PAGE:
Although the talk was meant to be about, and headlined as what happens on the tube after it closes, apart from a few comments and the old film clip, the talk was really a 40-minute romp through the history of the tube network since the 1950s.

Interesting, but not quite as interesting as it could have been – in my opinion.

If you want to watch the lecture, and the rarely seen 1958 B&W film – the whole thing was can be watched at the Gresham College website.

Strangely, he ends on a very negative tone about the Northern Line extension and Crossrail 2 (Chelsea/Hackney) – which is completely at variance to the information I am getting from people at TfL about the likelihood of them being built.

The Northern Line extension is agreed in principle, although they are still sorting out the exact funding mechanism to use for it, and while Crossrail 2 is not widely talked about – as Peter Hendy noted last year, it is almost essential if you want to build the High Speed rail link as the tube network simply can’t cope with the passenger numbers that will be arriving (in theory) at Euston station.

I’ve not had the “pleasure” of an early morning visit to the Underground, but Londonist and Annie Mole have been in there. As have Time magazine.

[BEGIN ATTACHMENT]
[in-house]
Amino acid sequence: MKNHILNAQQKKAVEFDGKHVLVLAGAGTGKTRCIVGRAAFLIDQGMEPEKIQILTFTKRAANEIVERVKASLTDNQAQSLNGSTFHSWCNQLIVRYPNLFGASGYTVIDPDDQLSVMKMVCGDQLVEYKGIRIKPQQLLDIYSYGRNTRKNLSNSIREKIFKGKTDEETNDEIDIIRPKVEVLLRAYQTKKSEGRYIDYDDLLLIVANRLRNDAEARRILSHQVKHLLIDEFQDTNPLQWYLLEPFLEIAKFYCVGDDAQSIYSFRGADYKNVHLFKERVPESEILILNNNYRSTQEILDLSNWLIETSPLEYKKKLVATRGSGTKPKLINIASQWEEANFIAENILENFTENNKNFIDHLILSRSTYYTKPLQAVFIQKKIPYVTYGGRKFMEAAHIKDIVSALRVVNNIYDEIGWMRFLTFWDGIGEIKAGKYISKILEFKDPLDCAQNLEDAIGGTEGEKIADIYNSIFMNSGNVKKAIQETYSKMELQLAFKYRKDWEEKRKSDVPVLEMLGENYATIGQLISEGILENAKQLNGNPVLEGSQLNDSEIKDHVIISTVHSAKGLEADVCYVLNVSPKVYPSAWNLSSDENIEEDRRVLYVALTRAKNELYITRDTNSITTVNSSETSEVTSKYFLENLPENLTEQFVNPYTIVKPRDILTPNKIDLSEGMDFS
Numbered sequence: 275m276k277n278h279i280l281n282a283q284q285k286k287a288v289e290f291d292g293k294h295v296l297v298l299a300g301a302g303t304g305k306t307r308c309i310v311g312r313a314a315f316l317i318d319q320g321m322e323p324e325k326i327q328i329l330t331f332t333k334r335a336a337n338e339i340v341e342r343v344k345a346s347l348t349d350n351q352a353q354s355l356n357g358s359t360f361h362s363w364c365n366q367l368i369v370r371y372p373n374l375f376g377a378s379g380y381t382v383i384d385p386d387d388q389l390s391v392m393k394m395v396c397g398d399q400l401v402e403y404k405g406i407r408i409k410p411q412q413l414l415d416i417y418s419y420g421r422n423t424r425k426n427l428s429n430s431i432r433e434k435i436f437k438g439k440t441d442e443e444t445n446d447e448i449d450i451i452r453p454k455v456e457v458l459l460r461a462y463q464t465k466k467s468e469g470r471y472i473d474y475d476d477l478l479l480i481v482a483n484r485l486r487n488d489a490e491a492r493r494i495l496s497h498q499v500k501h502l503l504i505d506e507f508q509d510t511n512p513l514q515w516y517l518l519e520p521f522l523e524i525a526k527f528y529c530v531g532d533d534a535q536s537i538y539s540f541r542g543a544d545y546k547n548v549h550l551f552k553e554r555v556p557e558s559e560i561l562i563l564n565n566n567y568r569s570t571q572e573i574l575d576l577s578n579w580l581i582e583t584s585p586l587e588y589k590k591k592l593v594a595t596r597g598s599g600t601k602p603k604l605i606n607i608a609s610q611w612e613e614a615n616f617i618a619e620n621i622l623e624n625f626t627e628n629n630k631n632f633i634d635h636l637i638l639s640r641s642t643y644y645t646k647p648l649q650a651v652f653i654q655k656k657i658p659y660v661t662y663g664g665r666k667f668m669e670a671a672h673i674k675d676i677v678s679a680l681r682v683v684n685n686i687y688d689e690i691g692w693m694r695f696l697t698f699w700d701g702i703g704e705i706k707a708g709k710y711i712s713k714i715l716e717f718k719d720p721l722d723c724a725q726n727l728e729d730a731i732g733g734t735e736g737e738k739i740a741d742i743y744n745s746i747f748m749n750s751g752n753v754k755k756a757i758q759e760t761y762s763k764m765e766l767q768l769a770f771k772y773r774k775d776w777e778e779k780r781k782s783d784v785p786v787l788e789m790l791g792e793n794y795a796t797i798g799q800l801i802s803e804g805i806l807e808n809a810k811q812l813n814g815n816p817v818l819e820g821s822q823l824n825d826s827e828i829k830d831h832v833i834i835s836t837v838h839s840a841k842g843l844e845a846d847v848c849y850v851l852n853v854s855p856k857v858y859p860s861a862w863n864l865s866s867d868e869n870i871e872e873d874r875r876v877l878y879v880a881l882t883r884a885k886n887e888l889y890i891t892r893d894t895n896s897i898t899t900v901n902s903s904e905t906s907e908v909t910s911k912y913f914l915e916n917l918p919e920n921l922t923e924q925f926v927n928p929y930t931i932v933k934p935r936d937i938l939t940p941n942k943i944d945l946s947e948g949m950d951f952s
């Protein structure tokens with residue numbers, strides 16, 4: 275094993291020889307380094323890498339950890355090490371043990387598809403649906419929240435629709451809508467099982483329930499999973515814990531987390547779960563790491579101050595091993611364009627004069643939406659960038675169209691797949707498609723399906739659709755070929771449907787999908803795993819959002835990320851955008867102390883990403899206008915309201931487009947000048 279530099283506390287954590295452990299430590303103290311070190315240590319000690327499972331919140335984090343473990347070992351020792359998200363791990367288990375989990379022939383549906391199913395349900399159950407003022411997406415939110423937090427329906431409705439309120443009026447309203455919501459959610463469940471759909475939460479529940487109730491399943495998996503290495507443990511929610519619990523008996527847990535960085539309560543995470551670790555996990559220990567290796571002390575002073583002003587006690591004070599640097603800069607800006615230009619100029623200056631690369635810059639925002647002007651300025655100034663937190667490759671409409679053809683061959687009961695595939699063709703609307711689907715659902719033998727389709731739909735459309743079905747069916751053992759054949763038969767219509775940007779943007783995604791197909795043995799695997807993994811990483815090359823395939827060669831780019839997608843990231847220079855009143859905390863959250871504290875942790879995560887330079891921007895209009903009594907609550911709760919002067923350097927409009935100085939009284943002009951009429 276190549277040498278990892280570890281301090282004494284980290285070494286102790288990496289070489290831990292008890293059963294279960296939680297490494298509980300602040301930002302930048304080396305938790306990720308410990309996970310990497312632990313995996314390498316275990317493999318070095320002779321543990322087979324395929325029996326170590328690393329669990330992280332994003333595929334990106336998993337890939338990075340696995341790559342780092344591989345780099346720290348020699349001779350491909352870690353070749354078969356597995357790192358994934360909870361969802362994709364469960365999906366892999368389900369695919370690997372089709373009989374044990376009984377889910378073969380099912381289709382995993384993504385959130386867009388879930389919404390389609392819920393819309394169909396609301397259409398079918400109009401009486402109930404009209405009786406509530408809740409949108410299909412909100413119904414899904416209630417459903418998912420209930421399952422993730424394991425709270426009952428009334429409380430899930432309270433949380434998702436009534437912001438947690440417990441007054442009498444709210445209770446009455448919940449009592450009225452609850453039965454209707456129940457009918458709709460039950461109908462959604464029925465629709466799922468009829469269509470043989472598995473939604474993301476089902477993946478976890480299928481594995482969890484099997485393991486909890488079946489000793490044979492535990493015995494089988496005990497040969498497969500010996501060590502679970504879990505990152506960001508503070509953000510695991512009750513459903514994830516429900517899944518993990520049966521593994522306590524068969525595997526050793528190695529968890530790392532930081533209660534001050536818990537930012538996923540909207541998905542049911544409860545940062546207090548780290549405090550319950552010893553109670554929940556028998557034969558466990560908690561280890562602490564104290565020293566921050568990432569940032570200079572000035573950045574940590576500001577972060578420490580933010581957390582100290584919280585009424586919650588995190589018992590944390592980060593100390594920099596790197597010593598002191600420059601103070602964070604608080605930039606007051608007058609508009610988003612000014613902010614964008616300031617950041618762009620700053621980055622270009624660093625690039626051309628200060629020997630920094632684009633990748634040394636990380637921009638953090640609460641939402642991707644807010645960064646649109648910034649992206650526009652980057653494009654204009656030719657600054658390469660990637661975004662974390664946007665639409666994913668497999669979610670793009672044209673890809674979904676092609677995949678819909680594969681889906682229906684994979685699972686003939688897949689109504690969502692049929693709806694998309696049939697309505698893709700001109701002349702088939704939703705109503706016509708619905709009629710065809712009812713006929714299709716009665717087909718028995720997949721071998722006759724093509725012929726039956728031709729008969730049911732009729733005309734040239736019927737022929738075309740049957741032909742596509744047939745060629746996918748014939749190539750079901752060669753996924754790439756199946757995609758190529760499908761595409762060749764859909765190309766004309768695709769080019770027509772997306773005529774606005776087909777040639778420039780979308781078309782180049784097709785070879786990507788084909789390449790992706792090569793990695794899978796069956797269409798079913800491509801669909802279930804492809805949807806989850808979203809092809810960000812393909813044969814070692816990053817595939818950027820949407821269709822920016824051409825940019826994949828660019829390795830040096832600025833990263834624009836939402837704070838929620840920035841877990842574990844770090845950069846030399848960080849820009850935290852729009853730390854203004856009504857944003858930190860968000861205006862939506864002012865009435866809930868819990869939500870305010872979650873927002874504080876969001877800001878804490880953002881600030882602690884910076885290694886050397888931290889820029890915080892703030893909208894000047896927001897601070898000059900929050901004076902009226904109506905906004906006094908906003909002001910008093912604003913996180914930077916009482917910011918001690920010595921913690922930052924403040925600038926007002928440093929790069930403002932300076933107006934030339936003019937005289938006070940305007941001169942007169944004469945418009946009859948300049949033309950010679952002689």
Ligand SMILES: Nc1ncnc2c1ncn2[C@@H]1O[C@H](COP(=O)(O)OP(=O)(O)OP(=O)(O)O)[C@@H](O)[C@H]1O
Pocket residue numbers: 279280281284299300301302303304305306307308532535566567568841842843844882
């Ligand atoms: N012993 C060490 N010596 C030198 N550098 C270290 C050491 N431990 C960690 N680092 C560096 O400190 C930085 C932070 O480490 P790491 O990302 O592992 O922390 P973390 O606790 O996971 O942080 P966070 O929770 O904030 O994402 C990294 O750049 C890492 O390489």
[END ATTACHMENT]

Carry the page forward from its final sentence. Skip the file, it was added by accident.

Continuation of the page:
Incidentally, I noticed the video on the Gresham website is delivered by a company called tubemogul, which is sadly just a naming coincidence and not anything to do with the London Tube network.


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  1. Chris Duck says:

    As a tourist traveling via the underground last fall, I did notice it was quite difficult to locate a bin at most of the stations I was at, but I did manage to get by without leaving anything on the trains.

    • IanVisits says:

      Following terrorist scares in the 1990s, there are now few bins on the Underground – but usually plenty when people leave the station.

  2. All litter bins in the Tube were removed or blocked up after the IRA bomb at Victoria mainline station in February 1991 on the instructions of the police. Since then they have permitted those transparent plastic bag bin-things to be installed at certain non-Zone 1 locations but still nothing in central London.

    The “red tape” was brought in after the Fennell Report highlighted how slack procedure and government cutbacks led to 31 people dying in the King’s Cross fire. Note, none of the cleaners on the stations or litter-pickers on the trains are employed by LUL, they all work for private cleaning firms, another legacy of those 80s cutbacks.

    • IanVisits says:

      The red tape I was referring to was nothing to do with a single specific incident, but to do with the general culture of form filling and bureaucracy that slows even the most mundane of tasks to an unacceptable crawl.

      As to the cleaners being employed by Company X instead of Company Y – I’ve never really understood why people get so fussed about that. It is 9 times out of 10 just a change in the colour of the wage slip, that is all.